law (if it can any where be found) will merit when it enjoins, "So 
likewise ye, when ye shall have done all those things which are 
commanded you, say, We are unprofitable servants, we have done that 
which was our duty to do," (Luke 17: 10;) because we make no 
free-offering to God, but only perform due service by which no favor 
is deserved. And yet those good works which the Lord has bestowed 
upon us he counts ours also, and declares, that they are not only 
acceptable to him, but that he will recompense them. It is ours in 
return to be animated by this great promise, and to keep up our 
courage, that we may not weary in well-doing, but feel duly grateful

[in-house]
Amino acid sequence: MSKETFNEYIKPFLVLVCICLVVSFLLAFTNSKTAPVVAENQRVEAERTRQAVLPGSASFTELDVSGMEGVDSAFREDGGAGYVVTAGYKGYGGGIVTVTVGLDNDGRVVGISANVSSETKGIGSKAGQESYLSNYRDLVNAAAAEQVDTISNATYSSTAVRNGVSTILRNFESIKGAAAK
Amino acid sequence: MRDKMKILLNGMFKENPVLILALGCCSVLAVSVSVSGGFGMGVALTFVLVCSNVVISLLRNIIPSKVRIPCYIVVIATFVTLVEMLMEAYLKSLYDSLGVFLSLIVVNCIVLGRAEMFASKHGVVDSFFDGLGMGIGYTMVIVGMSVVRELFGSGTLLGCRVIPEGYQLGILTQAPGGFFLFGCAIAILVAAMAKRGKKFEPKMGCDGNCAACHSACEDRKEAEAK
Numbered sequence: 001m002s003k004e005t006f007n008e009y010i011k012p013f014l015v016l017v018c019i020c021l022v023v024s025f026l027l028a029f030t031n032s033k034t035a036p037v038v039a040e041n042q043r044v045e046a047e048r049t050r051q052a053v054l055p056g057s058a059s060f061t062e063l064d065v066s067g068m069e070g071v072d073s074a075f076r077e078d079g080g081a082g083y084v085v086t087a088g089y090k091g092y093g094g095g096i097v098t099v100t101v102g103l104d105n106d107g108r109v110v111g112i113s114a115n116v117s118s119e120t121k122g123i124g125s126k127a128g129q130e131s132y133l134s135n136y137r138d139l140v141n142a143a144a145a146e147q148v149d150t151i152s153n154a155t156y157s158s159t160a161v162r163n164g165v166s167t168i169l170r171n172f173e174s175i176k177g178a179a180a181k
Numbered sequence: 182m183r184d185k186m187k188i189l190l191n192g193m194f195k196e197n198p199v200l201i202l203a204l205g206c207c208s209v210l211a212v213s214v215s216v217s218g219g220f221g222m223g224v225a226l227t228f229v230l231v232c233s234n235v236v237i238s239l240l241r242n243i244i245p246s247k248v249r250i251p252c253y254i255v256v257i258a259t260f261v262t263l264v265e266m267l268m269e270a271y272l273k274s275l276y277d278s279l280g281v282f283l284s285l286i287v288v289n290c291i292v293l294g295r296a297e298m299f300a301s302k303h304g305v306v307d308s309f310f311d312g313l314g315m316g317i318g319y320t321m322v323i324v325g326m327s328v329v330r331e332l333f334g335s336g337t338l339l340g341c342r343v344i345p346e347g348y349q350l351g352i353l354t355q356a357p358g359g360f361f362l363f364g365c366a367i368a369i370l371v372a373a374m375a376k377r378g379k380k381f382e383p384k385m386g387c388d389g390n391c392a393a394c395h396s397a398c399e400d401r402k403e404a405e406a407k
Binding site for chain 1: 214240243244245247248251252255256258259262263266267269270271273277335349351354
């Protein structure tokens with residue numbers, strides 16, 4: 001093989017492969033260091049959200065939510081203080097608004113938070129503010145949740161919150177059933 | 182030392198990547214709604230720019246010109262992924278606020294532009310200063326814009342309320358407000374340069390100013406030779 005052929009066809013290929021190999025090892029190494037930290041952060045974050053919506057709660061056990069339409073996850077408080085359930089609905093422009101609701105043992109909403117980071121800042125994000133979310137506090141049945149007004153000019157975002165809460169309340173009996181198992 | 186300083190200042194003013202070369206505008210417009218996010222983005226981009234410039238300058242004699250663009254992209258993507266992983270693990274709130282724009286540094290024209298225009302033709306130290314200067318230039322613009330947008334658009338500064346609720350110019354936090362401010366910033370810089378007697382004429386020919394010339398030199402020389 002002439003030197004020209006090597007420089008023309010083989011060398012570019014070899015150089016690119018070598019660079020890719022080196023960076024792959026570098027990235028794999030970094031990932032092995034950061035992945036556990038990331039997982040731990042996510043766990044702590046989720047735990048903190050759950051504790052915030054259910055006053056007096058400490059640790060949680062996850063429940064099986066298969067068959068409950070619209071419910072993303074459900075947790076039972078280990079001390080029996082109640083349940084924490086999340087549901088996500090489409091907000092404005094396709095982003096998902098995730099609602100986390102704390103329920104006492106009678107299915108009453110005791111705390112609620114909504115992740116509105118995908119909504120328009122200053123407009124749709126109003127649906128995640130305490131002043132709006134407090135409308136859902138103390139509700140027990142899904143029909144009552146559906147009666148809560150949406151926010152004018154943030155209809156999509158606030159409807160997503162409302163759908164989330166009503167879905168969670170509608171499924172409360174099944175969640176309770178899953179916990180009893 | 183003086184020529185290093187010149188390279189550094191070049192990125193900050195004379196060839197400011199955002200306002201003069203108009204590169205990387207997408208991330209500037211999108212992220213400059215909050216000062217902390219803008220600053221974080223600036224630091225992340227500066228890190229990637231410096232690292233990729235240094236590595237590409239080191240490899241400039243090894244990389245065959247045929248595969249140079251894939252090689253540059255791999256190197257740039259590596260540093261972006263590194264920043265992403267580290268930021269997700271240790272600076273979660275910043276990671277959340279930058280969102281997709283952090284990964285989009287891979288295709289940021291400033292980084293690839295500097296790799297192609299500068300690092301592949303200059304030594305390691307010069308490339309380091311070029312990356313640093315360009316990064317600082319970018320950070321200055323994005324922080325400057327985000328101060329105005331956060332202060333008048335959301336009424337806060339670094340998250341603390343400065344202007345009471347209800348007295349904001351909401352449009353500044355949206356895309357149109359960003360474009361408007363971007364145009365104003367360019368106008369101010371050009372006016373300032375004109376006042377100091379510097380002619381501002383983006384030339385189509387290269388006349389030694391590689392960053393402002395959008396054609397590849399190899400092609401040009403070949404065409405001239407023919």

for the great kindness of God. There cannot be a doubt, that every 
thing in our works which deserves praise is owing to divine grace, 
and that there is not a particle of it which we can properly ascribe 
to ourselves. If we truly and seriously acknowledge this, not only 
confidence, but every idea of merit vanishes. I say we do not, like 
the Sophists share the praise of works between God and man, but we 
keep it entire and unimpaired for the Lord. All we assign to man is 
that, by his impurity he pollutes and contaminates the very works 
which were good. The most perfect thing which proceeds from man is 
always polluted by some stain. Should the Lords therefore bring to 
judgment the best of human works, he would indeed behold his own 
righteousness in them; but he would also behold man's dishonor and 
disgrace. Thus good works please God, and are not without fruit to 
their authors, since, by way of recompense, they obtain more ample